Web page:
When you arrive for an elbow replacement operation, your surgeon will give you either a “general anesthetic” that will help you sleep through the entire operation or a “regional anesthetic” that only blocks some nerves to the elbow and arm. If your doctors think a regional is best, you will receive another medicine to help you relax.
After anesthesia is given, your elbow is cleaned and draped with sterile cloths or paper. Next, an incision (cut) is made along the back of the arm to let the doctor access your elbow joint without hurting the muscles and nerves. Your surgeon will carefully protect the nerve on the inside of the elbow and reposition the elbow to successfully protect it during the surgery. Because of this, you may experience some temporary numbness in your little finger right after surgery.
The surgeon will look at the muscles, cartilage and other tissues near the elbow for scar tissue or other things that might stop movement of the new joint. If these are found, they are removed.
An elbow implant is made up of two parts. The “humeral” component is placed in the lower end of the upper arm bone also known as the humerus. The “ulnar” component replaces the elbow portion of the ulna or large bone of the forearm, which cups around the end of the humerus.
Your surgeon will remove a portion of the bone at the lower end of the humerus and the upper end of the ulna. A space in the middle of each bone is hollowed out using a special tool. The pieces of the new joint are inserted into the marrow of the bone. When proper placement of the implants has been achieved, the final components are cemented into the bones using “bone cement.”
Once the two parts of the elbow implant are firmly in place, they are linked together using a pin, just like two parts of a door hinge. Once this is completed, the soft tissues are sewn together and a dressing is applied. Often, a splint will be applied to protect the elbow from sudden movements.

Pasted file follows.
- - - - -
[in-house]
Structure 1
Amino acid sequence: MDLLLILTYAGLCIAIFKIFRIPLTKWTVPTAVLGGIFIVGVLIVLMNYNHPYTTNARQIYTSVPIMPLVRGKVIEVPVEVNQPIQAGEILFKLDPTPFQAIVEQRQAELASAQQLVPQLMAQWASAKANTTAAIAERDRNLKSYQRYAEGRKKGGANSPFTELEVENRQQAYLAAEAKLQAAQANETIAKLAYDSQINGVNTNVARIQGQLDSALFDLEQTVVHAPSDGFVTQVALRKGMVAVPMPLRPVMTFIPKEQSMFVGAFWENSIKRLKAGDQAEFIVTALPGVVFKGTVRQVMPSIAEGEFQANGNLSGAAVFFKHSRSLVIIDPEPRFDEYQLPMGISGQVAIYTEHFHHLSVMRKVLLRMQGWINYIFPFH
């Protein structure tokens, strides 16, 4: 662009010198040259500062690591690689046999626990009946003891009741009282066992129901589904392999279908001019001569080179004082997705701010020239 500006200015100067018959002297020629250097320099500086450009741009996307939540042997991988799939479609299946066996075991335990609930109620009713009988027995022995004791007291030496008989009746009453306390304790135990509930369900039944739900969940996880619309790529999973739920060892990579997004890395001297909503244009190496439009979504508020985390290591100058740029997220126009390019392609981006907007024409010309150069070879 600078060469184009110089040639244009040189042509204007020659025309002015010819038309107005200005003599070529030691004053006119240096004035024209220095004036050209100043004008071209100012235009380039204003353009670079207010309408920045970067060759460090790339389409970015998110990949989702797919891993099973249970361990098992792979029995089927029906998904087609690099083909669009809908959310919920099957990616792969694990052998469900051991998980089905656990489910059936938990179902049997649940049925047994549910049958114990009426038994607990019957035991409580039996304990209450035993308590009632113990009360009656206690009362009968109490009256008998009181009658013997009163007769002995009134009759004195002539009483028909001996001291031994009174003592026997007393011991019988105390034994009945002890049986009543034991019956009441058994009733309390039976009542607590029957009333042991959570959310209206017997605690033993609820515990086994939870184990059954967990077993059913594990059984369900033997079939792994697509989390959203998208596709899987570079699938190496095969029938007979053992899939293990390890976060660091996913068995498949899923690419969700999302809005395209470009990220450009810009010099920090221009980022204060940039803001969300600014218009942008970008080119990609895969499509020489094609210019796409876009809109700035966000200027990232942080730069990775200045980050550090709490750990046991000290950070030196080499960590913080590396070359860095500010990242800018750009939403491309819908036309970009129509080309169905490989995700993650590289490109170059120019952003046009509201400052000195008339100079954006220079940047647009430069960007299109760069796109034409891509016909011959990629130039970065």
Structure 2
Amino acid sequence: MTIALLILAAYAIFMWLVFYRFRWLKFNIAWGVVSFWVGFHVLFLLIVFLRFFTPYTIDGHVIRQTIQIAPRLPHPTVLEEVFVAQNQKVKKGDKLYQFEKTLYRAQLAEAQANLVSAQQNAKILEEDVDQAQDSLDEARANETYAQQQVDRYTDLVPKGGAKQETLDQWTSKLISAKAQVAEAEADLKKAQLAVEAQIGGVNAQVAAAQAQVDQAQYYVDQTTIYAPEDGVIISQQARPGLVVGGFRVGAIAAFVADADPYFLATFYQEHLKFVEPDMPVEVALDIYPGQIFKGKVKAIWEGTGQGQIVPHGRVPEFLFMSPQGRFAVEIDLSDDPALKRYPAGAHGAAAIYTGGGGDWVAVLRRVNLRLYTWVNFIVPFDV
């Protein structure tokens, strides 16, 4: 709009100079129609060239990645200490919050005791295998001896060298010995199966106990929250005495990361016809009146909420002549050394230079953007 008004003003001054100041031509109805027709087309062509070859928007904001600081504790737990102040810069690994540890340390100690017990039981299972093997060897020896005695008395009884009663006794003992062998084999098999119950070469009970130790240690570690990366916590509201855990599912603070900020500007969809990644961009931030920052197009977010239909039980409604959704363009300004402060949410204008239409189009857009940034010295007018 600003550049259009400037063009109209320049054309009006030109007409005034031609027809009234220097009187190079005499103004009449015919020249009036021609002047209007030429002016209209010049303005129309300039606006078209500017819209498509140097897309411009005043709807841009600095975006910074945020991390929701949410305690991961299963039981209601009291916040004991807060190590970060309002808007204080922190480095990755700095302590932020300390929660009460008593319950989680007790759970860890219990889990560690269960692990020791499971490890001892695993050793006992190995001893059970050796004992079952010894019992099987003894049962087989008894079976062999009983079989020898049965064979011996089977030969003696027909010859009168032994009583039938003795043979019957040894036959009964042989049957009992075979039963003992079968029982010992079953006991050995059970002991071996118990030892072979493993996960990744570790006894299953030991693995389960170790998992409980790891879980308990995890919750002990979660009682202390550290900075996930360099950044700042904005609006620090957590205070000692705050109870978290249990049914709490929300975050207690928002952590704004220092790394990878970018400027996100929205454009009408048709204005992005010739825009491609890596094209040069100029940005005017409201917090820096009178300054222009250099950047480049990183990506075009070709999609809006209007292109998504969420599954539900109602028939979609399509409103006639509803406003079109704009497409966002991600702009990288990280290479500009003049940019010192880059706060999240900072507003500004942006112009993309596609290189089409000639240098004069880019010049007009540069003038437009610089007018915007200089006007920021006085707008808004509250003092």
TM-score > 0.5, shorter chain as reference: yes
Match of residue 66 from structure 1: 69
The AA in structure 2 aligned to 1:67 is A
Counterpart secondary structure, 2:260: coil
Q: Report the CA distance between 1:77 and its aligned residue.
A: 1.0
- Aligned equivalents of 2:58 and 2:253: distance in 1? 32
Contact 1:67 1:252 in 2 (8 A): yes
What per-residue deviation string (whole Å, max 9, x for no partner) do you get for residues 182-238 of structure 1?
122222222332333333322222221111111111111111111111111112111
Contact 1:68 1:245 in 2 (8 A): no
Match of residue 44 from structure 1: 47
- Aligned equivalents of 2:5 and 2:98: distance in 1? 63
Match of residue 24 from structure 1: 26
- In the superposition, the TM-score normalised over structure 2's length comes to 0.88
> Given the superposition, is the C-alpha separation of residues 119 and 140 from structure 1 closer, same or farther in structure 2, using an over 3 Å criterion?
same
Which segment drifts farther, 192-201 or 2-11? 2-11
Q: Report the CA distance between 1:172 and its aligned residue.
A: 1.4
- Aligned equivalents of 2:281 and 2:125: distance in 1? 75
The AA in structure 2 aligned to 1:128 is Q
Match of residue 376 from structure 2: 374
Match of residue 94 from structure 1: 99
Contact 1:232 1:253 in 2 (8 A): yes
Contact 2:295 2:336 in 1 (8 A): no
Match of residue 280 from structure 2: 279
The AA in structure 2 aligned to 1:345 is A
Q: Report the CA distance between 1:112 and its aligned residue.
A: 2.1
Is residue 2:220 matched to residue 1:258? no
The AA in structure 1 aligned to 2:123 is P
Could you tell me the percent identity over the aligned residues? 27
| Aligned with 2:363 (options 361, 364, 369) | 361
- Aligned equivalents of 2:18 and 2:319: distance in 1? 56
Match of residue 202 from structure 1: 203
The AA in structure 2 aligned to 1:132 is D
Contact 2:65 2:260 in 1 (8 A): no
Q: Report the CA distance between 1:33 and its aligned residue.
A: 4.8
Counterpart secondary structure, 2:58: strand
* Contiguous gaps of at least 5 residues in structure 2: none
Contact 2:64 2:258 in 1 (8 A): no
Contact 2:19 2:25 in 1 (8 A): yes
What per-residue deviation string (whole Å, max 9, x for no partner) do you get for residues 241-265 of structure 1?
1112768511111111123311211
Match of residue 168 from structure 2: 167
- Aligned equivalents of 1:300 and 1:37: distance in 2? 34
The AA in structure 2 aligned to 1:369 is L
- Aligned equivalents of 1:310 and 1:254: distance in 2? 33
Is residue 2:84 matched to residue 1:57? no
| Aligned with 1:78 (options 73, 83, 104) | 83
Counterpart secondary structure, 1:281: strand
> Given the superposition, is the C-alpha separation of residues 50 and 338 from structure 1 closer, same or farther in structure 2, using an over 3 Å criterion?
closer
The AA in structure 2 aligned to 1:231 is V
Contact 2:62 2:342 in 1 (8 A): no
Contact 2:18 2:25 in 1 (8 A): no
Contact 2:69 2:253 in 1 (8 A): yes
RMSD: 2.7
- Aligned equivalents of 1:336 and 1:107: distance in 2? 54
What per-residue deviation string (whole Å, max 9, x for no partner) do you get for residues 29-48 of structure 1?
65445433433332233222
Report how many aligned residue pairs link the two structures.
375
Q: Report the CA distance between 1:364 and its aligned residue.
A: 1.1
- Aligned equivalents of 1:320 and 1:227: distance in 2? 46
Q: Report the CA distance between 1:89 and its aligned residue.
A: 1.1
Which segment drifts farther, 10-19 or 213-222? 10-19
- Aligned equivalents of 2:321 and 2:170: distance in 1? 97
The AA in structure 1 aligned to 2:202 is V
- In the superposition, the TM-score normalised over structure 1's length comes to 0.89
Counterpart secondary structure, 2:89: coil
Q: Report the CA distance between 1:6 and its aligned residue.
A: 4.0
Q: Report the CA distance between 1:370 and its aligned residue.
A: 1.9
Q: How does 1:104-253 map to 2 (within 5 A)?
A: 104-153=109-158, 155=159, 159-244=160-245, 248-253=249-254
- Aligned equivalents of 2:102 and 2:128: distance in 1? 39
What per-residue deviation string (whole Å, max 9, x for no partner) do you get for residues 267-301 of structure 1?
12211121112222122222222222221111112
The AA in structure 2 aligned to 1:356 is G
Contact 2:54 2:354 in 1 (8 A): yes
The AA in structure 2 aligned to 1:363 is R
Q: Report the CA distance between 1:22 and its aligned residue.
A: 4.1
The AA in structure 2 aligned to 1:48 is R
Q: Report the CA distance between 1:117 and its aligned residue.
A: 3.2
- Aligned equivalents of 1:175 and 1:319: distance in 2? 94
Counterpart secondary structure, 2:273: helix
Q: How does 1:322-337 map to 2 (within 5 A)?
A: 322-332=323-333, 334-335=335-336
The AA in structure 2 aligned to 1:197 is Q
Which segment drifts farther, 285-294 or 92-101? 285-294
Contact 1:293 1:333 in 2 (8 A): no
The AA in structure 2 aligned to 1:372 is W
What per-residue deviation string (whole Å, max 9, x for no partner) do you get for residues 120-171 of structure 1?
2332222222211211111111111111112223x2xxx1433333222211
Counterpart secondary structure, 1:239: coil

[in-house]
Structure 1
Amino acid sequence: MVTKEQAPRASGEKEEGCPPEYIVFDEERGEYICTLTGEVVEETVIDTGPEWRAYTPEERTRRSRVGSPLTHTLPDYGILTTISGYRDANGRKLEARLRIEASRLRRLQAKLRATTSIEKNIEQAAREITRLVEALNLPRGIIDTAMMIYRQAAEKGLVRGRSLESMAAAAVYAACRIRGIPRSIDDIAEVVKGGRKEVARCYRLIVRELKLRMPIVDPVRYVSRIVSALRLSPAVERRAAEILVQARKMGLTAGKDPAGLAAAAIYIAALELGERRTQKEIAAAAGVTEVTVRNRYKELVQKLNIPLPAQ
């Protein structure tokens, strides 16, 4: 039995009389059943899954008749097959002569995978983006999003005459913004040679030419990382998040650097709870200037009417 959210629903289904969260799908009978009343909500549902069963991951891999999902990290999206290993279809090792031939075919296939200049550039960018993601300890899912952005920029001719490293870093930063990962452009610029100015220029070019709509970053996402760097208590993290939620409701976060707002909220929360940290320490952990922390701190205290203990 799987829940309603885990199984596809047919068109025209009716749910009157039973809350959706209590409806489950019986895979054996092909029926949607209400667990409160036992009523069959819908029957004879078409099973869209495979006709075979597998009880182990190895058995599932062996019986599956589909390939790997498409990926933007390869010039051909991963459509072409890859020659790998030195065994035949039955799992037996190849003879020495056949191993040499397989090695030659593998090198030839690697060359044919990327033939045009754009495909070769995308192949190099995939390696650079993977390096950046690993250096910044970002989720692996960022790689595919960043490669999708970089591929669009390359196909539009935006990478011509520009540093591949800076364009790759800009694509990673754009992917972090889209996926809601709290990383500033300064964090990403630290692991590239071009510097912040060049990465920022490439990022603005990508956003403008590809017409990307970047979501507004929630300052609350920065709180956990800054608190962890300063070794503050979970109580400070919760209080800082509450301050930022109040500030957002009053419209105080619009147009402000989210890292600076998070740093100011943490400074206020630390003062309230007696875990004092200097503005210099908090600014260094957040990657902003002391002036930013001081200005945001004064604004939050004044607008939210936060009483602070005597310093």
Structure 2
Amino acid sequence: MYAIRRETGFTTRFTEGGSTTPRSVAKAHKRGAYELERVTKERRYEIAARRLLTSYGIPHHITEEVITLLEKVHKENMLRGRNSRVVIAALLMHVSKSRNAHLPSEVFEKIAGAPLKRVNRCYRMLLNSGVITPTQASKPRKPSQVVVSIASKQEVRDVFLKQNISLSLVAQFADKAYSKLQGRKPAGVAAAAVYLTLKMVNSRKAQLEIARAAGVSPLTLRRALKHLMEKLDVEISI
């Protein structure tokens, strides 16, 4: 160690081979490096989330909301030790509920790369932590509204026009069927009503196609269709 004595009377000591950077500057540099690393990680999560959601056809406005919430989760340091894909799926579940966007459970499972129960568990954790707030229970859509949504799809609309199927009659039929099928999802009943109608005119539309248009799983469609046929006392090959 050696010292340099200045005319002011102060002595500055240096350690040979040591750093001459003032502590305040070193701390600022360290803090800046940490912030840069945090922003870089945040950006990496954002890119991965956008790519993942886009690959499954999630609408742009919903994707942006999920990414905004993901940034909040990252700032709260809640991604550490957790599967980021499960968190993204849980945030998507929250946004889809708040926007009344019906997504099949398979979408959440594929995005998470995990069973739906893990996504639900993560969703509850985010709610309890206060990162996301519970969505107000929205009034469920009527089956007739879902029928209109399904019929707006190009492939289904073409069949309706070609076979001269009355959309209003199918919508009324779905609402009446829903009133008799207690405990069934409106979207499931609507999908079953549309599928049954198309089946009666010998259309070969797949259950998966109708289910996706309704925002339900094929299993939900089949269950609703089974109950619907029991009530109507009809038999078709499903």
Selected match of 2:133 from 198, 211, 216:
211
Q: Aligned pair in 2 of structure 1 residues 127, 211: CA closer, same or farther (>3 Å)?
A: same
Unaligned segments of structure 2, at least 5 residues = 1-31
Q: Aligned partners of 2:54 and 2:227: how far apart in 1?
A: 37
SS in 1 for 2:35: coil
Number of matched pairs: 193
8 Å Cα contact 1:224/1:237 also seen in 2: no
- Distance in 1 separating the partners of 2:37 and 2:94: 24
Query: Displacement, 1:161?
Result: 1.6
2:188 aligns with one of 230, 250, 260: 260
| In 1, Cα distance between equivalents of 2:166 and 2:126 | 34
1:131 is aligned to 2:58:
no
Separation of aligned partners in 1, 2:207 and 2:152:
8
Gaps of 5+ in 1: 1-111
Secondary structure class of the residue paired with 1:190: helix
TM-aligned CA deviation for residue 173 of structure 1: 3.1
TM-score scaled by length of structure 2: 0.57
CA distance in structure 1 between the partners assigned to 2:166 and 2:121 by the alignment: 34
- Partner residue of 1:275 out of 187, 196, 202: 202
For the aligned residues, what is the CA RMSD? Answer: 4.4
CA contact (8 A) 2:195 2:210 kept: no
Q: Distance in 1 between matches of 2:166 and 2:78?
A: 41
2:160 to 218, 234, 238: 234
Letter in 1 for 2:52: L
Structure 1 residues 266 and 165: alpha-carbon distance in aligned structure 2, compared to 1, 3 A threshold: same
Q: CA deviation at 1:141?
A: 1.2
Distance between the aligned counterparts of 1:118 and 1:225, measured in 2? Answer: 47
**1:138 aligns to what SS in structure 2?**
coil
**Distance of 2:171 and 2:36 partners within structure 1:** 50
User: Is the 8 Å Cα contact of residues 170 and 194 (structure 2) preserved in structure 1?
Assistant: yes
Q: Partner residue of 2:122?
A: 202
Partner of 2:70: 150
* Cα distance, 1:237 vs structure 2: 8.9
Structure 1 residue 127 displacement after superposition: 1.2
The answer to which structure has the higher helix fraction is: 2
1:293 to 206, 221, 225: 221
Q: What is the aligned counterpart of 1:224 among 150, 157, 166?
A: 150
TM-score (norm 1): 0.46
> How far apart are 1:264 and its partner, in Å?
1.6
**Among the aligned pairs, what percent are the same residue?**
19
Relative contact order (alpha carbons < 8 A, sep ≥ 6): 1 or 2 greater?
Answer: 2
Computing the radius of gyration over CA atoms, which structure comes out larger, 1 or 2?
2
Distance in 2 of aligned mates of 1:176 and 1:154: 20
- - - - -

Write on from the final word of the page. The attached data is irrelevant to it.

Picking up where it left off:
You will probably be sent to a special recovery room for an hour or two after the operation. While in recovery, nurses will carefully monitor your vital signs-heart rate, blood pressure, respirations and bleeding until the anesthetic wears off and you are more awake. At that time, you will probably be sent to a regular hospital room to start your recovery.
Elbow replacement surgery is a major operation. It involves cutting the skin, tendons and bone. The pain from this surgery is managed using pain medications. At first, the drug is given either into a muscle or using a vein. Sometimes, a patient controlled pump is used so that you can give yourself pain medicine, as you need it.
After a day or two, you will probably be switched to a pain drug taken by mouth that you may need for up two weeks after surgery.
Sometimes, depending on your surgeon, your elbow will be placed in an elbow splint. Basic range-of-motion exercises are started soon after you leave the recovery room. On the second day after surgery, you will begin your physical therapy program.